Just when you think they hard work is over, and you’ve nabbed yourself that graduate internship, you remember the clock is ticking. Internships by their very nature are only temporary, so once you’ve got your foot though the door, it’s up to you to keep that door propped open.
You don’t have to panic though. If the job role and company are a perfect fit for you and your skills, they’ll probably see that and try to keep you on anyway. But if you want to try and guarantee that full-time position, here’s some key things you should be doing…
Go above and beyond the job description
This is, without a doubt, the best way to stand out and make a strong impression in your new place of work. As the intern, your responsibilities aren’t likely to be huge. So don’t be afraid to go above and beyond what you’re asked to do. Use your initiative to spot areas you think need work, and ask your line manager if they would appreciate some help.
For example, if they’re asking you to post on the Facebook page, ask if they would like you to put together a Facebook strategy for the year, identifying some best practice and analysing competitors. Always check in with your line manager first to see if your proposal is something they would actually benefit from, but no doubt they’ll be impressed with your forward-thinking.
Say yes to everything
That being said, don’t shirk the ‘boring’ tasks either. Take on board everything that’s thrown your way and do it well. Don’t take on too much to the point where you’re not able to complete tasks properly, but try and put in the extra mile at the beginning to show that you mean business.
Plus, if you get asked to do something you’re not entirely sure on, say yes but ask for some support as you complete it. Seize the opportunity to learn new things, and show a willingness to grow and develop.
Build strong work relationships
If you breeze through your internship and don’t bother to get to know anyone, you’re sending off all the signals that you’re just a temporary guest. But take the time to form actual relationships with your colleagues, and they’ll think you’re here to stay.
Stop telling yourself that you’re ‘just the intern’, and start viewing your colleagues as just that – work colleagues on your level. Get to know them and integrate yourself as part of the team.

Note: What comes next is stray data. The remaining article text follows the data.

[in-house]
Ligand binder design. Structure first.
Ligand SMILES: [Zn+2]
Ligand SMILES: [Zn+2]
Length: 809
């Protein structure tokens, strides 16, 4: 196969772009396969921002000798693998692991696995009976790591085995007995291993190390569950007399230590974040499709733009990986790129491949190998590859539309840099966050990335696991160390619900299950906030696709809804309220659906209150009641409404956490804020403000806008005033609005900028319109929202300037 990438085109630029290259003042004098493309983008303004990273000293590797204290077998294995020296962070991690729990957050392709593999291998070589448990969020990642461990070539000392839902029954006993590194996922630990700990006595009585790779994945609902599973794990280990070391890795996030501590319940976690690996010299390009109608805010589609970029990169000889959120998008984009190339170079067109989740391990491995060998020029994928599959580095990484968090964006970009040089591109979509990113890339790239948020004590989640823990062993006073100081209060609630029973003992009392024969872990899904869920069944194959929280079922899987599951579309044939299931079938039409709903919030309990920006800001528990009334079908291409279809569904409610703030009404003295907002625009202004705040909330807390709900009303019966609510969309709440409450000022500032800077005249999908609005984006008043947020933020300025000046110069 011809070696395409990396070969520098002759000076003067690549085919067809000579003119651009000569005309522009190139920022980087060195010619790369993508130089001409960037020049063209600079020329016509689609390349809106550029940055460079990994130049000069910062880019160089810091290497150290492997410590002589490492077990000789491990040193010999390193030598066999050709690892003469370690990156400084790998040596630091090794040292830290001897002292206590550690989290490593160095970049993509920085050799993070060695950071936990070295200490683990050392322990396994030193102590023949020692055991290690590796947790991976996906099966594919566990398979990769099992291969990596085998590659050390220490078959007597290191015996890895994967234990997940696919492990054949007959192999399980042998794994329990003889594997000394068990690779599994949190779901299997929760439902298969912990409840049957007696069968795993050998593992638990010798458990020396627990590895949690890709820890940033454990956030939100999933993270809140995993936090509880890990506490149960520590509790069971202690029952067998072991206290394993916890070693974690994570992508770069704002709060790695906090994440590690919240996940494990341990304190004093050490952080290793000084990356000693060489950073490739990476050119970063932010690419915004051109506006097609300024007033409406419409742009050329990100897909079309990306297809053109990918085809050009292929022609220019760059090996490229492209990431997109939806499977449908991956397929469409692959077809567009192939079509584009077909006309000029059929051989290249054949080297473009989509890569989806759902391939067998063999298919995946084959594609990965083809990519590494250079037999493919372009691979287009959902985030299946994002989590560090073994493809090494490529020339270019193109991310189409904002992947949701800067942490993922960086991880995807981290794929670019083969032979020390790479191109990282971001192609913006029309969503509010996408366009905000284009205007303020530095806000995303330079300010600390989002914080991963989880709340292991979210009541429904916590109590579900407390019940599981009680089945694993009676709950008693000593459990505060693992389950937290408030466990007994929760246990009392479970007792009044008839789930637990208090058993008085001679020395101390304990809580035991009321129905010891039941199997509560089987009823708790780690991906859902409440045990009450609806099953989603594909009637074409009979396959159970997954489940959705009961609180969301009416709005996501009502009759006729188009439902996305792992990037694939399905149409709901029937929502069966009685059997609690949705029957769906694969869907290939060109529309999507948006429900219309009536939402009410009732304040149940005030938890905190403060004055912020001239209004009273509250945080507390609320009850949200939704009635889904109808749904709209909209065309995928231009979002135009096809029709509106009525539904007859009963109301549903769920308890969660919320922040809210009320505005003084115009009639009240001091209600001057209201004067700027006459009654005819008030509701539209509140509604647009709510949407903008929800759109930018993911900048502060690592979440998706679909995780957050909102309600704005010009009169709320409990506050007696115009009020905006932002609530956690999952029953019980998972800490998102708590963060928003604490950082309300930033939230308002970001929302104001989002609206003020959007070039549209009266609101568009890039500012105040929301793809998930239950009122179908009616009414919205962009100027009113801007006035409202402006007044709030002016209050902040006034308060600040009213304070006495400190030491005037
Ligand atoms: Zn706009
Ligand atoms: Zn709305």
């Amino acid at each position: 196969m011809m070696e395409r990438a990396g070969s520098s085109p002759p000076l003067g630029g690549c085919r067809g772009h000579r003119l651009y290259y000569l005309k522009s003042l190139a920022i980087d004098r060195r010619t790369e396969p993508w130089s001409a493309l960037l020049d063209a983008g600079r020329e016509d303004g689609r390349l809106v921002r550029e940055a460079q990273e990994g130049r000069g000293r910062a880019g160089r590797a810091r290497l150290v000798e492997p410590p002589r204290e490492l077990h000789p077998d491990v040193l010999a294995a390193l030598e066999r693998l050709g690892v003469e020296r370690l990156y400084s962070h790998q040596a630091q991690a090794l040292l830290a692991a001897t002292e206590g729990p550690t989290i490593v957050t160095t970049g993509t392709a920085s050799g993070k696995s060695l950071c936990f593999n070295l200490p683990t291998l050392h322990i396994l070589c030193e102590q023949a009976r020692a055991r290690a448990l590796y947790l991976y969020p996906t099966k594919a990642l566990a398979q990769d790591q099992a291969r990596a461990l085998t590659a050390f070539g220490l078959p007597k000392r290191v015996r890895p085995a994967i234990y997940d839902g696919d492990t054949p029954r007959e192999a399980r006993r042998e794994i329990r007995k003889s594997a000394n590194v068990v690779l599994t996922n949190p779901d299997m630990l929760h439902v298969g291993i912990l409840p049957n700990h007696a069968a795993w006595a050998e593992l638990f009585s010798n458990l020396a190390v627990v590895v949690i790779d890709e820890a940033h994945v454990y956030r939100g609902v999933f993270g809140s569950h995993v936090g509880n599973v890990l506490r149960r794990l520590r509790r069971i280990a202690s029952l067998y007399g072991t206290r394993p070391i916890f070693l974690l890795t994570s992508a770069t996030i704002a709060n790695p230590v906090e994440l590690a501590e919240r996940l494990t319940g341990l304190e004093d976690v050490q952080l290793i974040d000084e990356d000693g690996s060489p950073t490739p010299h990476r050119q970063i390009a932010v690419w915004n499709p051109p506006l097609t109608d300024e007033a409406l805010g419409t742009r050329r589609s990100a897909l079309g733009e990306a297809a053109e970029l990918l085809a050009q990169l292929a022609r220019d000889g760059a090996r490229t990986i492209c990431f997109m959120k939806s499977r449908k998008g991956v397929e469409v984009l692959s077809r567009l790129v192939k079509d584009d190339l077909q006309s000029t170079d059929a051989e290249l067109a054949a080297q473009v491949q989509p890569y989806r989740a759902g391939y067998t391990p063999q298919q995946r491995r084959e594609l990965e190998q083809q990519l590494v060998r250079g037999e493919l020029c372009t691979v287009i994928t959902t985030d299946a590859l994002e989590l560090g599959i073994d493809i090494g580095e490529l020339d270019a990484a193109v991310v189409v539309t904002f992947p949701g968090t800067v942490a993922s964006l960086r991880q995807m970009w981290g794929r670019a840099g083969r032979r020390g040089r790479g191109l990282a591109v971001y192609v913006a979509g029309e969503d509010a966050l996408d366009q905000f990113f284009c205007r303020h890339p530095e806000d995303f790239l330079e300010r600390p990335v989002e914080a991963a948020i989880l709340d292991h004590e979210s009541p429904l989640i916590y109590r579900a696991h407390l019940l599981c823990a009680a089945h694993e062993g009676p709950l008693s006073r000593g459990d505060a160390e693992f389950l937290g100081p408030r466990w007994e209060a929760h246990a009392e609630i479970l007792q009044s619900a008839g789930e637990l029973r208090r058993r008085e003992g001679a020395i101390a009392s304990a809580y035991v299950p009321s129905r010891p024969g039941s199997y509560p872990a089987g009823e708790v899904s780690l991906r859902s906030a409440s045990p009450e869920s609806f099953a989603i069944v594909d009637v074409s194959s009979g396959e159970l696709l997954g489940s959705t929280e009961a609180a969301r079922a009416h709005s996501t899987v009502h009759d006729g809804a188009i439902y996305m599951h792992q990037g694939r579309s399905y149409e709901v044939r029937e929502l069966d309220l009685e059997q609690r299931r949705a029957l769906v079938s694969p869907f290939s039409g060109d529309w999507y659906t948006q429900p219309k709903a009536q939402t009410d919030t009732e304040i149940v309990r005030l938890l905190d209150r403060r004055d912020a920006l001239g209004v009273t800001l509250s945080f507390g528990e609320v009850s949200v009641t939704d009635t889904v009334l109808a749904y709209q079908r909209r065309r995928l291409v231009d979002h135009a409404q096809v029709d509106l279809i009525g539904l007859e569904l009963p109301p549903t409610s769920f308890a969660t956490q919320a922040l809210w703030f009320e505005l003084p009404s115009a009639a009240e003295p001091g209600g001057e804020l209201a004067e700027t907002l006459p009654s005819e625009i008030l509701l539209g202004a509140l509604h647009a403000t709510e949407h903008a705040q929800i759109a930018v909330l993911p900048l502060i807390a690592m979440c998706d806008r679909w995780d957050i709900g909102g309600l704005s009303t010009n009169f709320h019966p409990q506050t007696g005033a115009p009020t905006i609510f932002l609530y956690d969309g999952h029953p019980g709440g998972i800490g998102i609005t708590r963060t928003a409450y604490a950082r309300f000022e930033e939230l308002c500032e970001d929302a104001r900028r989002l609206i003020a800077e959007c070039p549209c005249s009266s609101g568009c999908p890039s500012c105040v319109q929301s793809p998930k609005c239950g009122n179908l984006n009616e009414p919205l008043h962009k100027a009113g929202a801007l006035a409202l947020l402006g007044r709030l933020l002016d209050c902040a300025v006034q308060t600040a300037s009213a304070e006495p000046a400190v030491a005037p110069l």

Put 100% into everything
Even if it’s just the tea round. Approach everything with enthusiasm but also with a meticulous attention to detail. Making mistakes is fine (you’re only human after all), but don’t be sloppy.
Your manager doesn’t want to have to spend loads of time correcting your mistakes, so prove to them that you’re capable of getting the job done to a high standard. The less they have to ‘worry’ about you, the more likely they’ll be to ask you to stay on full-time.
Contribute in meetings
This one can be scary when you’re new, but the key is all in the preparation. Try and find out which meetings you’ll be invited along to in advance, and ask what you’ll be discussing. This will enable you to go away and do your research, and come to the meeting prepared with some points and suggestions.
Don’t feel like you need to say something radical. One or two small suggestions and comments to show to that you’re engaged in the topic and that you have some ideas to contribute will go a long way to impress.
Ask for feedback
Develop a good relationship with your line manager by asking for feedback. Ask them how you’re doing and if there’s anything you could improve on. After all, you’re not going to walk in there as a perfect, fully formed career god. We can all improve and learn from those around us, so make sure you’re asking for, and learning from, feedback.
This will help you understand exactly what the team is looking for, and how you can better fill the gaps. And that’s your ticket to your full-time job.
It’s not always easy to convert an internship to a full-time graduate job, and a lot of the time it depends on the company itself – their budget and demands. But do all of the above, and you’ll be putting yourself in a strong position to get that job offer at the end.